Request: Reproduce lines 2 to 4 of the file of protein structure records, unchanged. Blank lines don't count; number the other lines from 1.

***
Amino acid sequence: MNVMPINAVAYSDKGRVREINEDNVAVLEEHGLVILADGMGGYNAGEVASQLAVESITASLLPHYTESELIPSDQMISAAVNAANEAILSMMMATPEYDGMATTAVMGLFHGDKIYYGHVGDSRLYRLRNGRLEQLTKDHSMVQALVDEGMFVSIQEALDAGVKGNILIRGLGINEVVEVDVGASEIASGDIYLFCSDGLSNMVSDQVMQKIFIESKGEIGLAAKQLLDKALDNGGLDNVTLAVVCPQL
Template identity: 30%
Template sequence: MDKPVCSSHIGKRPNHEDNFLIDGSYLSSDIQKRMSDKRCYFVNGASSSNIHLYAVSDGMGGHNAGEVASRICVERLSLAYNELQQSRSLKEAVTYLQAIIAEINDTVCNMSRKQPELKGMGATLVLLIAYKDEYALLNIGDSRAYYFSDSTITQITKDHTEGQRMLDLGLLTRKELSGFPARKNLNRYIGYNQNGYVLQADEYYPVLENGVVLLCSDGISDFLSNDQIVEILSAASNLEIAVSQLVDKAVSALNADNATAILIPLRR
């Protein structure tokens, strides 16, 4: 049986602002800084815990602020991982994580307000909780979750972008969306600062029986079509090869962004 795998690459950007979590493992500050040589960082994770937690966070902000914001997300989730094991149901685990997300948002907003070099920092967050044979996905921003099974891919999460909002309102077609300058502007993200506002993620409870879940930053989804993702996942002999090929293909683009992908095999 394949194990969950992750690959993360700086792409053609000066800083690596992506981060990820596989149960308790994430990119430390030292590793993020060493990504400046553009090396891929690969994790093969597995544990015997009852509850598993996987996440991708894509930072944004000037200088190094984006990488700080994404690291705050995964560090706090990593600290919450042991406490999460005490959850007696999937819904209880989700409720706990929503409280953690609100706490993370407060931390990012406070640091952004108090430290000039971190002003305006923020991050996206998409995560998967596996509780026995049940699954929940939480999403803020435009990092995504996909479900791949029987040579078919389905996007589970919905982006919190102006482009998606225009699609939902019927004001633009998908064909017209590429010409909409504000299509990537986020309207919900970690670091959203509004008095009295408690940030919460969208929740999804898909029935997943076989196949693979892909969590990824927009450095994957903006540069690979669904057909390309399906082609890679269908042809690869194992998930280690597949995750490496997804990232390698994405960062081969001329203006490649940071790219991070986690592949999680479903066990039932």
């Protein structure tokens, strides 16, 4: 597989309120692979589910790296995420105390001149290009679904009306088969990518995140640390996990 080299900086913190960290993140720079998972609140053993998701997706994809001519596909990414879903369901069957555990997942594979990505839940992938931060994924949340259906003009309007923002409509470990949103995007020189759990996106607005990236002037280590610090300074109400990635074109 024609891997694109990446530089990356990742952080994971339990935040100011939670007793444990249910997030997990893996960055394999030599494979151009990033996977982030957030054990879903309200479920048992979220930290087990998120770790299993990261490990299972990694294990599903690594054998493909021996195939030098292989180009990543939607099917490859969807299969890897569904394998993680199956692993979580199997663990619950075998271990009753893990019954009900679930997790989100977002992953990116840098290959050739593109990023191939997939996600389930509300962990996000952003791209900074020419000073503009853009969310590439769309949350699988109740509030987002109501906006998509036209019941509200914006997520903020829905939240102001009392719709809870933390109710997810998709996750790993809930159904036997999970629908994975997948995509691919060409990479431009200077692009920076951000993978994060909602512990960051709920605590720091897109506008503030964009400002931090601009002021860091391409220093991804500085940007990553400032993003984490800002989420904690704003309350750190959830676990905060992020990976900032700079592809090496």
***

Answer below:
Template identity: 30%
Template sequence: MDKPVCSSHIGKRPNHEDNFLIDGSYLSSDIQKRMSDKRCYFVNGASSSNIHLYAVSDGMGGHNAGEVASRICVERLSLAYNELQQSRSLKEAVTYLQAIIAEINDTVCNMSRKQPELKGMGATLVLLIAYKDEYALLNIGDSRAYYFSDSTITQITKDHTEGQRMLDLGLLTRKELSGFPARKNLNRYIGYNQNGYVLQADEYYPVLENGVVLLCSDGISDFLSNDQIVEILSAASNLEIAVSQLVDKAVSALNADNATAILIPLRR
């Protein structure tokens, strides 16, 4: 049986602002800084815990602020991982994580307000909780979750972008969306600062029986079509090869962004 795998690459950007979590493992500050040589960082994770937690966070902000914001997300989730094991149901685990997300948002907003070099920092967050044979996905921003099974891919999460909002309102077609300058502007993200506002993620409870879940930053989804993702996942002999090929293909683009992908095999 394949194990969950992750690959993360700086792409053609000066800083690596992506981060990820596989149960308790994430990119430390030292590793993020060493990504400046553009090396891929690969994790093969597995544990015997009852509850598993996987996440991708894509930072944004000037200088190094984006990488700080994404690291705050995964560090706090990593600290919450042991406490999460005490959850007696999937819904209880989700409720706990929503409280953690609100706490993370407060931390990012406070640091952004108090430290000039971190002003305006923020991050996206998409995560998967596996509780026995049940699954929940939480999403803020435009990092995504996909479900791949029987040579078919389905996007589970919905982006919190102006482009998606225009699609939902019927004001633009998908064909017209590429010409909409504000299509990537986020309207919900970690670091959203509004008095009295408690940030919460969208929740999804898909029935997943076989196949693979892909969590990824927009450095994957903006540069690979669904057909390309399906082609890679269908042809690869194992998930280690597949995750490496997804990232390698994405960062081969001329203006490649940071790219991070986690592949999680479903066990039932």